The plan -- which would provide insurance coverage for all children, regardless of their immigration status -- is expected to spark opposition from the medical profession, as well as many employers and unions, though the governor outlined incentives for each contributing party.
"I don't think it is a question or a debate if [children] ought to be covered ... The federal courts have made that decision -- that no one can be turned away," Schwarzenegger said. "The question really isn't to treat them or not to treat them. The question really is how you can treat them in the most cost-effective way."
Schwarzenegger's plan requires all Californians to have health insurance, though the poorest citizens' insurance would be subsidized. Under the governor's plan, all businesses with 10 or more employees would be required to offer health insurance to their employees, or pay 4 percent of their payroll into a state insurance fund.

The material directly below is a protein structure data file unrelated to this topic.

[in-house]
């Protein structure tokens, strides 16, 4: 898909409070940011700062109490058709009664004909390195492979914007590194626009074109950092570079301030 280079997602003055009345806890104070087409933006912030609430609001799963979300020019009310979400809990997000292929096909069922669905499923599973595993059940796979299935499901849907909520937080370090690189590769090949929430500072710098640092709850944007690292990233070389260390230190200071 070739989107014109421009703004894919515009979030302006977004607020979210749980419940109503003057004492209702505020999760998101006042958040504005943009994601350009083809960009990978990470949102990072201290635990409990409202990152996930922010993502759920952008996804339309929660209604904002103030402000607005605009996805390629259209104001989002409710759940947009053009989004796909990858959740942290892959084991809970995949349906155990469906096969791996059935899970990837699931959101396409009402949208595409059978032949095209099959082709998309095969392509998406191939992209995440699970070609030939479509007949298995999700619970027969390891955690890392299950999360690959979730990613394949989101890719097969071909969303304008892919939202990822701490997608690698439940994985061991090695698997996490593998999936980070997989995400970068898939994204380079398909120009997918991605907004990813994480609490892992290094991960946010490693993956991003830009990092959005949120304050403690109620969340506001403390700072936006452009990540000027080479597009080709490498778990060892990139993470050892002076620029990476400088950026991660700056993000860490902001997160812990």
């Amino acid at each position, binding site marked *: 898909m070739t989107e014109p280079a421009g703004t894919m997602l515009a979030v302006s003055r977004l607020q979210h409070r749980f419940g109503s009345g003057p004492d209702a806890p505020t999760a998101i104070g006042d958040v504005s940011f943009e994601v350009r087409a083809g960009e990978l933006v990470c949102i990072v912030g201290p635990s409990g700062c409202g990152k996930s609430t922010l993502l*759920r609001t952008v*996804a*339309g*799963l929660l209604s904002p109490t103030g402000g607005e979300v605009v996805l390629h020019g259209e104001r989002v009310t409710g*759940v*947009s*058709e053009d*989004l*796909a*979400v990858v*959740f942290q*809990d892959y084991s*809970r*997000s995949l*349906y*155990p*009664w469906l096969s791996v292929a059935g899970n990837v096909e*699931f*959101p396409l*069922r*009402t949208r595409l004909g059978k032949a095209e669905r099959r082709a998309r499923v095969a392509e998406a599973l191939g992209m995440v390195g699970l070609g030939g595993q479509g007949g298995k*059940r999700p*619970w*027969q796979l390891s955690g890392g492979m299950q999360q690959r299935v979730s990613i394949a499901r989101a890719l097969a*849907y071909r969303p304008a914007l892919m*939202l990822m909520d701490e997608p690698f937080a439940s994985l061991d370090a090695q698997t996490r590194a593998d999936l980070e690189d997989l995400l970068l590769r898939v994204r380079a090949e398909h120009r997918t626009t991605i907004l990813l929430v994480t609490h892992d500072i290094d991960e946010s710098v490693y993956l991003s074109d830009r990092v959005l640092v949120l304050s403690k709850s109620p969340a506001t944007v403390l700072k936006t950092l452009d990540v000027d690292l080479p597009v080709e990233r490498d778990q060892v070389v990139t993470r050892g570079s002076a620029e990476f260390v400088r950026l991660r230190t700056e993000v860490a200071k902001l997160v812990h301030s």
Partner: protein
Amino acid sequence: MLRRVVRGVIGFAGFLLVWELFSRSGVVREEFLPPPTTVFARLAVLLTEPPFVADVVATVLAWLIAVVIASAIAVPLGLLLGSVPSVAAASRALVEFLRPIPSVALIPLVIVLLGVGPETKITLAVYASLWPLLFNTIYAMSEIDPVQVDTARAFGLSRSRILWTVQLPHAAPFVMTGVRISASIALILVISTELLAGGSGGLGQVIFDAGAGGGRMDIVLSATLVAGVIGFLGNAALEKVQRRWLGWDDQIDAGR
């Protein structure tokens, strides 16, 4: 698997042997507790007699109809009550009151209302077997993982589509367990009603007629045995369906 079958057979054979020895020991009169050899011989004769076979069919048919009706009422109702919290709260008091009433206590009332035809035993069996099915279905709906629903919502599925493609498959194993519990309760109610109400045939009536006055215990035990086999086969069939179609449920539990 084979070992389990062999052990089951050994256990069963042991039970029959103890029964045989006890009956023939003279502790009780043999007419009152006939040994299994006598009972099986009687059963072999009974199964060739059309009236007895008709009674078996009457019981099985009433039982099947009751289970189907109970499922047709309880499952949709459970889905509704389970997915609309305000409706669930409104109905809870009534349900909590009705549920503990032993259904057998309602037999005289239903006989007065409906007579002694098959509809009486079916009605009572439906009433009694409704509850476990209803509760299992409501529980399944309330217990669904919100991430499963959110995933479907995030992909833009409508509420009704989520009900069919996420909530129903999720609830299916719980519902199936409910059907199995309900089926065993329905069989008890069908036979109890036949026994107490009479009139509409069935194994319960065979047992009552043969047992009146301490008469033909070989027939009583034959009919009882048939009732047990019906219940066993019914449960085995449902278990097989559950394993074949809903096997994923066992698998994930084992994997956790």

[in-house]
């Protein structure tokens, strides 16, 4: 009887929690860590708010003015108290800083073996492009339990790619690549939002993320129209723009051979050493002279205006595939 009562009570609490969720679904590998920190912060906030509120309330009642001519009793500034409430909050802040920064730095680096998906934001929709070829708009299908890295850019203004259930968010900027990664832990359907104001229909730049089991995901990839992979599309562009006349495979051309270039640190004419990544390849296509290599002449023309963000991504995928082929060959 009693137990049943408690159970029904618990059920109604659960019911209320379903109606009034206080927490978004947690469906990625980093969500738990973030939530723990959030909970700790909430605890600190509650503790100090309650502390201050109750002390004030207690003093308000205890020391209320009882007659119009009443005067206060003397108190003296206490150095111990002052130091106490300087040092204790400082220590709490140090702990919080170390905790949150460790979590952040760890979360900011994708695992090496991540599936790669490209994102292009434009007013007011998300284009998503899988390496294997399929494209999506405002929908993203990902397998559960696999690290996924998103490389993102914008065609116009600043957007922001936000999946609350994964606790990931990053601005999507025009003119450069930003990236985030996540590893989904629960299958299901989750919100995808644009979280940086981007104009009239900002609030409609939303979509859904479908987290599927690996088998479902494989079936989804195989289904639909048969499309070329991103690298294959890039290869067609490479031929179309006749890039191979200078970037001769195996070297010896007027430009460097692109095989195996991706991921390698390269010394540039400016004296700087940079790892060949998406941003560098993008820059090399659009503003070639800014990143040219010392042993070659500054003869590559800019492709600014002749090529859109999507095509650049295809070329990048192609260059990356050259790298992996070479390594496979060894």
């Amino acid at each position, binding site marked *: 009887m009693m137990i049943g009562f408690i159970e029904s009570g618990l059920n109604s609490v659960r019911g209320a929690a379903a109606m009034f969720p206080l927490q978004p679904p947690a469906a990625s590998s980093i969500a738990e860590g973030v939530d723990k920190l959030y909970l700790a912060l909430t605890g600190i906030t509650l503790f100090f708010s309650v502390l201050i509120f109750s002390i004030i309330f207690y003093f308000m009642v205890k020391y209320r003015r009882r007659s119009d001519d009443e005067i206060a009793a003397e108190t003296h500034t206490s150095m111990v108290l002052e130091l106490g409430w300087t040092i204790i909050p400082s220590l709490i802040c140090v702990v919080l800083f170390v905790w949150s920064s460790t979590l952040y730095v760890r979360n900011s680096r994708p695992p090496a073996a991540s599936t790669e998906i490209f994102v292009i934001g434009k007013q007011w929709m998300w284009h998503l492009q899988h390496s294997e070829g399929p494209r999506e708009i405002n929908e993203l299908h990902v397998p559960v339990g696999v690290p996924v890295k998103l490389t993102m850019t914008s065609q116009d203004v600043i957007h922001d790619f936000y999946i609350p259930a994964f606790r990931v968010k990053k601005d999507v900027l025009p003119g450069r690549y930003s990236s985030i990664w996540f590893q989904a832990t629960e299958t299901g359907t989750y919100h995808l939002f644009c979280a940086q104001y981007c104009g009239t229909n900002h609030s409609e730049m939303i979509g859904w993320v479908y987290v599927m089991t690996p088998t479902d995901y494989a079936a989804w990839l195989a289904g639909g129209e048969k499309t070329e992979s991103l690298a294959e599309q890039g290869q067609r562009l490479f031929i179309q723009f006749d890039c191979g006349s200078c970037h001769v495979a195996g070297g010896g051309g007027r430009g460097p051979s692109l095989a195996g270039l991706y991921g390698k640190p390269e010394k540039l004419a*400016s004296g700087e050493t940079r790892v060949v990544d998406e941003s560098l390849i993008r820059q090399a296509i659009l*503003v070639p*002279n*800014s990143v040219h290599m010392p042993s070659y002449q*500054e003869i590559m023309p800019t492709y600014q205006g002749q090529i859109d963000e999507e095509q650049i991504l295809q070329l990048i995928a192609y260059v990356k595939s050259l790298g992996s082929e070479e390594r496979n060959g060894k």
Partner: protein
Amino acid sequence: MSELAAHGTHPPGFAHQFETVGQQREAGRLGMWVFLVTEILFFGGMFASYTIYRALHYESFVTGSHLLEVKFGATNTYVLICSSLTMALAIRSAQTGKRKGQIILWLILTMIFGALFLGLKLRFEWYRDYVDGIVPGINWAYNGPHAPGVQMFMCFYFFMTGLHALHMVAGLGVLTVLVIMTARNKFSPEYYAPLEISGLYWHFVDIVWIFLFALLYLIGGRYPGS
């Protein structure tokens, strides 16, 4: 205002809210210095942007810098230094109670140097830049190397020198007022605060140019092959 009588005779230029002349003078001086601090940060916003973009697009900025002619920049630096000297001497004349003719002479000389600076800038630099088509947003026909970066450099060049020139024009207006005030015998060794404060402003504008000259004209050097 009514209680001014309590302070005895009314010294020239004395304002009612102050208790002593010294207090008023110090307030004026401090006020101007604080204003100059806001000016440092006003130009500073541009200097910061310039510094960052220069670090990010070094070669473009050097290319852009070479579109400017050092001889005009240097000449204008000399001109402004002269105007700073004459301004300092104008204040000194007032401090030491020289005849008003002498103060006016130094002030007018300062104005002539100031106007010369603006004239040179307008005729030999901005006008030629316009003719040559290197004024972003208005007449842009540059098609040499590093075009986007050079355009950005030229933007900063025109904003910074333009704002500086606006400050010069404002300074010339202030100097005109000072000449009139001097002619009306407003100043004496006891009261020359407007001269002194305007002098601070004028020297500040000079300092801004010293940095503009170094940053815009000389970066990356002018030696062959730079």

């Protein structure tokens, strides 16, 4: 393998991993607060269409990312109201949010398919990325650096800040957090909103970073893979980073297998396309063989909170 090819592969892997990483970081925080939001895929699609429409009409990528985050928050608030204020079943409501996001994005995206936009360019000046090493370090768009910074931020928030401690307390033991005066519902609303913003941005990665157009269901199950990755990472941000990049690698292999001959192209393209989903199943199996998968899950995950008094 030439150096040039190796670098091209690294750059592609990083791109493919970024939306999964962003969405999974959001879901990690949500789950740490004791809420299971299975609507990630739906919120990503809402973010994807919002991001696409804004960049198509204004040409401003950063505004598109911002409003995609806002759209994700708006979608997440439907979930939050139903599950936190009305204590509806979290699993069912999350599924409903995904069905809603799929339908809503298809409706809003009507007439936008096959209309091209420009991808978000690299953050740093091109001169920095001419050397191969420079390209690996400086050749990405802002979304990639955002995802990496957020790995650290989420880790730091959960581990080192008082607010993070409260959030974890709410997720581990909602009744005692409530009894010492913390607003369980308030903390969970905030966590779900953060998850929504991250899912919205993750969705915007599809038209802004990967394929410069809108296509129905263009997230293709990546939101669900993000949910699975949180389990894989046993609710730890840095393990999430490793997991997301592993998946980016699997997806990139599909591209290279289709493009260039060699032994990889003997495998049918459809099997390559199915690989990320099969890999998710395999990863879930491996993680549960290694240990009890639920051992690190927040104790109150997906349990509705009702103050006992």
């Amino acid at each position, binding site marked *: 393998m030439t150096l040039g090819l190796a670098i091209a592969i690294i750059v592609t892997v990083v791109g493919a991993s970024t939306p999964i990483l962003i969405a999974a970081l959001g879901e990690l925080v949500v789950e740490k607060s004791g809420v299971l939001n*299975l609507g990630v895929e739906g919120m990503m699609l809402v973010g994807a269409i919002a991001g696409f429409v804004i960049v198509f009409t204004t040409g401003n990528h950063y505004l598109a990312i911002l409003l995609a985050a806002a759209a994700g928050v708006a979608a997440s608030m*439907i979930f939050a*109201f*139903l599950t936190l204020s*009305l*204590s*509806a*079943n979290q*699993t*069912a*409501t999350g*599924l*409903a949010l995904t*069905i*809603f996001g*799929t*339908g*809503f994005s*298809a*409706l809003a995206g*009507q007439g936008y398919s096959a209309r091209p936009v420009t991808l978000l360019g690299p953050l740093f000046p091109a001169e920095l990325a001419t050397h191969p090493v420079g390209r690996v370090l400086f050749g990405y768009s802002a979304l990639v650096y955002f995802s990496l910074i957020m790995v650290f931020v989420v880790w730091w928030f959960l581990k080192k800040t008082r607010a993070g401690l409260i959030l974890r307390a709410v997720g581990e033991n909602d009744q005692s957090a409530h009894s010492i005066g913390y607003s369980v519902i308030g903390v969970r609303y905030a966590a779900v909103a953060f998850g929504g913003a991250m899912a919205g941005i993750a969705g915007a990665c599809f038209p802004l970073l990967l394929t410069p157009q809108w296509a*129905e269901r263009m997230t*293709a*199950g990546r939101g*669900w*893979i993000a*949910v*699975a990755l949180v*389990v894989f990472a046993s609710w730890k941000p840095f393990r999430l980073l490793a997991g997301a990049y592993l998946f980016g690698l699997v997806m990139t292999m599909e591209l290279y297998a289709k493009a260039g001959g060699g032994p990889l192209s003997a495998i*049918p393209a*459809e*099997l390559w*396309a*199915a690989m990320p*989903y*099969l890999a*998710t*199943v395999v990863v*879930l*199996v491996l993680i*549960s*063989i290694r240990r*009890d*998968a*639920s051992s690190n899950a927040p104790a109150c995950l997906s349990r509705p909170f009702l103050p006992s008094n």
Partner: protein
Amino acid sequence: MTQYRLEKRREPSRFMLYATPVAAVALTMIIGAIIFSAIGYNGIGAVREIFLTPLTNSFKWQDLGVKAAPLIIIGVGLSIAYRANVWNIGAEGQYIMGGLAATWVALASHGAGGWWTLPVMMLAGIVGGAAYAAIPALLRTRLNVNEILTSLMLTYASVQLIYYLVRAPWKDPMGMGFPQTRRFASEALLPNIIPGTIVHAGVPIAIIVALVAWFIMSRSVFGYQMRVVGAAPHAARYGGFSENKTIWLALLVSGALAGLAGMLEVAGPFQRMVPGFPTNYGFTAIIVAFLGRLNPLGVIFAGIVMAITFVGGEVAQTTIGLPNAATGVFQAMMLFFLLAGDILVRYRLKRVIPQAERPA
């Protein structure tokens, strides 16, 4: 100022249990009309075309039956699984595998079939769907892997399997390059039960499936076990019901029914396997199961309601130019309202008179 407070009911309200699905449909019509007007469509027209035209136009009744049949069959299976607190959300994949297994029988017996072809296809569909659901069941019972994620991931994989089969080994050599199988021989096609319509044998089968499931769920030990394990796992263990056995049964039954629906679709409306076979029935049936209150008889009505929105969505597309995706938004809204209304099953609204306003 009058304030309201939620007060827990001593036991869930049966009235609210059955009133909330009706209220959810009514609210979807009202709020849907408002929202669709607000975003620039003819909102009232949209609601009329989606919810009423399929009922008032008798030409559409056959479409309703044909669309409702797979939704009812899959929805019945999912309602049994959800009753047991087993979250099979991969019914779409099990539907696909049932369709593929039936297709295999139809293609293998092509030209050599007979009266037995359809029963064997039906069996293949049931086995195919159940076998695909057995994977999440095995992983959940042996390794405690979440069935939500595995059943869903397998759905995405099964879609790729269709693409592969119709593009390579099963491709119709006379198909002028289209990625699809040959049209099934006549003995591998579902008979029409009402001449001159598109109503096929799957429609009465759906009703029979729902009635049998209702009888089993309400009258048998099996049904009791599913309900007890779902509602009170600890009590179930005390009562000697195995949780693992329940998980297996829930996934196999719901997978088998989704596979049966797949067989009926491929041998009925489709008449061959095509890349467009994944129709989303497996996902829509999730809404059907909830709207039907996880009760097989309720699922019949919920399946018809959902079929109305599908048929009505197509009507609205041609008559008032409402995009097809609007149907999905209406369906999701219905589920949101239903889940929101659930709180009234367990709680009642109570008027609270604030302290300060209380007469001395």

The state government would step in and subsidize the roughly 1.2 million poor who do not qualify for state-paid health insurance. Those Californians would be allowed to purchase health coverage from a state government-run pool, and would be required to make small contributions toward their premiums.
Doctors and hospitals would contribute 2 percent and 4 percent of revenues, respectively, to help foot the bill, though the governor promised to increase the amount paid to both parties through Medi-Cal.
Under the governor's proposed plan, insurers would no longer be permitted to deny health coverage based on previous or current medical problems.
Schwarzenegger believes his plan will save California about $10 billion a year by reducing health care costs.